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the G200 head is from a 2.0 liter engine, ergo, using a larger displacement cylinder head will lower the compression in the cylinder.

that is why using a g18 head on a g20 block is an instant upgrade. higher compression = more power.

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PostPosted: Wed Nov 24, 2010 2:49 am 
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Hey guys,

So I did as much work as I could today. The head won't be done until tomorrow morning, so I'll pick it up and hopefully finish this thing tomorrow!! :ebiggrin

I've decided that I will use the old rebuilt head. Anyone want a freshly rebuilt G200 cylinder head? I'll post in the classifieds and on the Isuzu pup website. :D

So I tried pulling the oil pan today, but I don't think its possible without disconnecting the engine from the transmission. There are two brackets on either side of the rear of the engine which are blocking access to the oil pan nuts. I'd have to take off the brackets which are bolted to the seam between the engine and the tranny which could ruin the gasket. Besides, I have no way to lift the front of the truck. So I'll have to find another way to get that washer out... :econfused

Here are pics of the bracket thats blocking the oil pan nuts (I was laying on the floor on my back to take these, :lol: ).

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Instead of wasting time, I painted more parts.

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Painted battery bay.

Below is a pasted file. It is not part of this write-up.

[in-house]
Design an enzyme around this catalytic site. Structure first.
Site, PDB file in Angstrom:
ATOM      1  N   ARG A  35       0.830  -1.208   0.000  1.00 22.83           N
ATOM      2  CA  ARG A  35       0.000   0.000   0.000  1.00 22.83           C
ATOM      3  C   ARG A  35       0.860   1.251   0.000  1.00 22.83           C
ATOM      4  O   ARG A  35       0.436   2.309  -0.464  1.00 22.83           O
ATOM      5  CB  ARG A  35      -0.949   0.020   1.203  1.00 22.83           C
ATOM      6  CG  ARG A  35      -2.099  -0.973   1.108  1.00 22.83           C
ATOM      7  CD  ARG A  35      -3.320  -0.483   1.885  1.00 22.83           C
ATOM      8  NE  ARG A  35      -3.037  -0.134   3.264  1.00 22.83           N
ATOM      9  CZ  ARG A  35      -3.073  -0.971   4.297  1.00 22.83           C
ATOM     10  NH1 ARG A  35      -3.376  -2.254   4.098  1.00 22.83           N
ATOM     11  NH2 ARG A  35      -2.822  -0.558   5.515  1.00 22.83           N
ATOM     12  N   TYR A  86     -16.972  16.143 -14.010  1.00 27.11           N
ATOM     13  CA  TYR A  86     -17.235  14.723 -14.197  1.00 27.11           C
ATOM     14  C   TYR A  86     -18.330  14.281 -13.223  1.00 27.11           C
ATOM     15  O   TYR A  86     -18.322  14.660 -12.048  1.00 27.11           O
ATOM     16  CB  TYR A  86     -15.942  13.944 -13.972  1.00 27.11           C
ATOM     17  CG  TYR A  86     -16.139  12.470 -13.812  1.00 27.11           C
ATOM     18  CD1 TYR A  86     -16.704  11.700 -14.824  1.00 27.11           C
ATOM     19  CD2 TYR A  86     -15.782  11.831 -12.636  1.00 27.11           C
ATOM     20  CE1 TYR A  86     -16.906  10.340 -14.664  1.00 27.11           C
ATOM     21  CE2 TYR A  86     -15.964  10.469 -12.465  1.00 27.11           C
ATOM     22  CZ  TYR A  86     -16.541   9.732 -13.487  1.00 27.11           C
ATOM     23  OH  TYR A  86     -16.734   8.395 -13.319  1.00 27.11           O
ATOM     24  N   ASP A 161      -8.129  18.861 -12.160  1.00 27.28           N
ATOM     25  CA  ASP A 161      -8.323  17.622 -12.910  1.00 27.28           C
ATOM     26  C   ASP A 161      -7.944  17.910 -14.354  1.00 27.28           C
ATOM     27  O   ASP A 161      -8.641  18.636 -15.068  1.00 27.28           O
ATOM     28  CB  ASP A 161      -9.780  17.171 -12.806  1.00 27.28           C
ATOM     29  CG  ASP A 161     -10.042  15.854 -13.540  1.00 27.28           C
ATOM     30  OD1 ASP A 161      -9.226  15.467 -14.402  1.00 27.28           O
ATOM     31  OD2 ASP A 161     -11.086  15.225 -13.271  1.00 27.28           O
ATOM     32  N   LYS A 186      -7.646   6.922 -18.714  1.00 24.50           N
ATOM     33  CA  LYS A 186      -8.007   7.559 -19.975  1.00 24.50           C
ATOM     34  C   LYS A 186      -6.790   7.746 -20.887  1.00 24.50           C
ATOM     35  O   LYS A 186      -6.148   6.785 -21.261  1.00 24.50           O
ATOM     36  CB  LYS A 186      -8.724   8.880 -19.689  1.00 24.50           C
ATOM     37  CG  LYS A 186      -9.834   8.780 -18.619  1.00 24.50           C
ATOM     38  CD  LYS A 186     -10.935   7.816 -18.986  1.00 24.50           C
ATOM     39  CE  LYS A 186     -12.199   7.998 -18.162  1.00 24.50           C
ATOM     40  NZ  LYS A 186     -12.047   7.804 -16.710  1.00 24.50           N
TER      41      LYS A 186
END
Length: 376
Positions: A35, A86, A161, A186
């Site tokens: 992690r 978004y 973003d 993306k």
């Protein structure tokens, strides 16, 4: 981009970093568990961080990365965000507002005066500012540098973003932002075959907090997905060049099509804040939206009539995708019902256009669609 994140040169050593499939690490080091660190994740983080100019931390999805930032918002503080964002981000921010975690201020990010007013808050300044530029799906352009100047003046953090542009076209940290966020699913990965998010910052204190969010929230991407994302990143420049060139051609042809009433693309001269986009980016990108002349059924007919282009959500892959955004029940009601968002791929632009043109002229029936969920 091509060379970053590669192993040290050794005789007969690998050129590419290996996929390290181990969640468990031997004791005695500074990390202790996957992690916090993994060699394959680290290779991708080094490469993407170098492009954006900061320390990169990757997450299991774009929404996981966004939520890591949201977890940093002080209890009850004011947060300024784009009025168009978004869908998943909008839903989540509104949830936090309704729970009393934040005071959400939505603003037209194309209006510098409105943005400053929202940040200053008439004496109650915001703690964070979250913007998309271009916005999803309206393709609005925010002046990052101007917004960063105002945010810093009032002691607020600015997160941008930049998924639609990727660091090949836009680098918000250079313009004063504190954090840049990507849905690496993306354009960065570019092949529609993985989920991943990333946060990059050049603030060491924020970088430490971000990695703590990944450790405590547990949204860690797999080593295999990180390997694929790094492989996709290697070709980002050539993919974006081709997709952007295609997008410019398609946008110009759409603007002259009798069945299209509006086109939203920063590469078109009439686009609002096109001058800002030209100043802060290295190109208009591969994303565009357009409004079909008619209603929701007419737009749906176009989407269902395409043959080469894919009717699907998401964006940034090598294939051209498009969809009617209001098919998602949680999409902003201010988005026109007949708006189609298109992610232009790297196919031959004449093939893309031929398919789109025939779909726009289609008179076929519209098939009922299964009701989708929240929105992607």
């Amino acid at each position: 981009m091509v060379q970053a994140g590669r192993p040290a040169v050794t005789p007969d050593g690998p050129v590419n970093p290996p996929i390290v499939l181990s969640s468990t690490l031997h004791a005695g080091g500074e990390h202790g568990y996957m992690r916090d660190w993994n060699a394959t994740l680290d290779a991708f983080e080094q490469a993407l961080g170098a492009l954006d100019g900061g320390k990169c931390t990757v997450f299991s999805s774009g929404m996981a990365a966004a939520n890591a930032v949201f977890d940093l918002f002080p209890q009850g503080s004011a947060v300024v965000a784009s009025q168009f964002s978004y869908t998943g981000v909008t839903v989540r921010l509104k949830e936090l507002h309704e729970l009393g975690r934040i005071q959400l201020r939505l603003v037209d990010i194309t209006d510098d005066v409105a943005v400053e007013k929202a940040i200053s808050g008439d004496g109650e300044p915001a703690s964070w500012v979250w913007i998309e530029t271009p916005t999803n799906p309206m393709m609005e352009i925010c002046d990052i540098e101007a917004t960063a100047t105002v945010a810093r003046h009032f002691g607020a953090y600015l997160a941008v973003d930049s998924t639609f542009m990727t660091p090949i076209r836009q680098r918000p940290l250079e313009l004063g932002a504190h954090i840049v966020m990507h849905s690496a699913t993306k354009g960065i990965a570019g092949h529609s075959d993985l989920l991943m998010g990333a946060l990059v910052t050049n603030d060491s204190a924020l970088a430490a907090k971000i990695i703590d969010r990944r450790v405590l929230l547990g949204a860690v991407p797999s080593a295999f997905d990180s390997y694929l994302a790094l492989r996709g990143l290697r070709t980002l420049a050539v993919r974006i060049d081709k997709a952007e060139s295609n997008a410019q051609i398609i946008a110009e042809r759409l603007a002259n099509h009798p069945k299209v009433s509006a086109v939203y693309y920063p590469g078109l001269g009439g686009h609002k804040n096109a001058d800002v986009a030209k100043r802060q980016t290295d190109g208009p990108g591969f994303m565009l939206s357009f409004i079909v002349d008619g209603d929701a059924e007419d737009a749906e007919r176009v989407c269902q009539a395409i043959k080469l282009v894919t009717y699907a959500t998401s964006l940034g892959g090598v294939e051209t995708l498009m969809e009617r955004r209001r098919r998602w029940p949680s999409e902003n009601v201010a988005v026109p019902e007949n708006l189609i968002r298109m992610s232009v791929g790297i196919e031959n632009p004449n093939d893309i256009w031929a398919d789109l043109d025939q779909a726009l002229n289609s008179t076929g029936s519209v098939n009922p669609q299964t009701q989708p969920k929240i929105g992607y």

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And painted the block and some of its components.

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Painted distributor cap, color looks weird in pic for some reason.

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When I pulled the alternator I accidentally ripped out one of the cables in the plastic connector, so I had to repair the wires to the plastic connector. Luckily I work summers as a computer repair technician, :ebiggrin .

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Reattached the alternator bracket.

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Plugged all the wires back into the alternator.

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Put the alternator back on, screwed the fan and belt sprockets (not sure what else to call em, lol) back on, and put the belt on and tensioned it up.

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Reattached the header, and thats about all I could do at the moment.